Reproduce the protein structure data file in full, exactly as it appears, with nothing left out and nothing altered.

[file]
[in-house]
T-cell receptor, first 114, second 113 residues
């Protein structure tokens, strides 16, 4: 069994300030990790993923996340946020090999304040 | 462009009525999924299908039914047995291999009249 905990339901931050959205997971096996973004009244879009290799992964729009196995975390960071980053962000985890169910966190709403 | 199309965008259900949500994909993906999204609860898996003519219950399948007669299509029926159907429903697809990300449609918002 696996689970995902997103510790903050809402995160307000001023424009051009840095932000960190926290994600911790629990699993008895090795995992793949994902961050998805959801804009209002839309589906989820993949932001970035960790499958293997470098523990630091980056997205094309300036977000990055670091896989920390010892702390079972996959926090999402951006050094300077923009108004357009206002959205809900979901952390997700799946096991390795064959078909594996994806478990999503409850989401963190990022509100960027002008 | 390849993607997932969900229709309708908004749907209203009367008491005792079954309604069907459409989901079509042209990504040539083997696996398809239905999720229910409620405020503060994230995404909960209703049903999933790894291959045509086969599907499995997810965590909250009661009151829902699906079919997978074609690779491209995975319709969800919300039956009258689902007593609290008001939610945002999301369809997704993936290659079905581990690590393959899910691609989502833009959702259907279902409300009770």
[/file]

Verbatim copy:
[in-house]
T-cell receptor, first 114, second 113 residues
């Protein structure tokens, strides 16, 4: 069994300030990790993923996340946020090999304040 | 462009009525999924299908039914047995291999009249 905990339901931050959205997971096996973004009244879009290799992964729009196995975390960071980053962000985890169910966190709403 | 199309965008259900949500994909993906999204609860898996003519219950399948007669299509029926159907429903697809990300449609918002 696996689970995902997103510790903050809402995160307000001023424009051009840095932000960190926290994600911790629990699993008895090795995992793949994902961050998805959801804009209002839309589906989820993949932001970035960790499958293997470098523990630091980056997205094309300036977000990055670091896989920390010892702390079972996959926090999402951006050094300077923009108004357009206002959205809900979901952390997700799946096991390795064959078909594996994806478990999503409850989401963190990022509100960027002008 | 390849993607997932969900229709309708908004749907209203009367008491005792079954309604069907459409989901079509042209990504040539083997696996398809239905999720229910409620405020503060994230995404909960209703049903999933790894291959045509086969599907499995997810965590909250009661009151829902699906079919997978074609690779491209995975319709969800919300039956009258689902007593609290008001939610945002999301369809997704993936290659079905581990690590393959899910691609989502833009959702259907279902409300009770």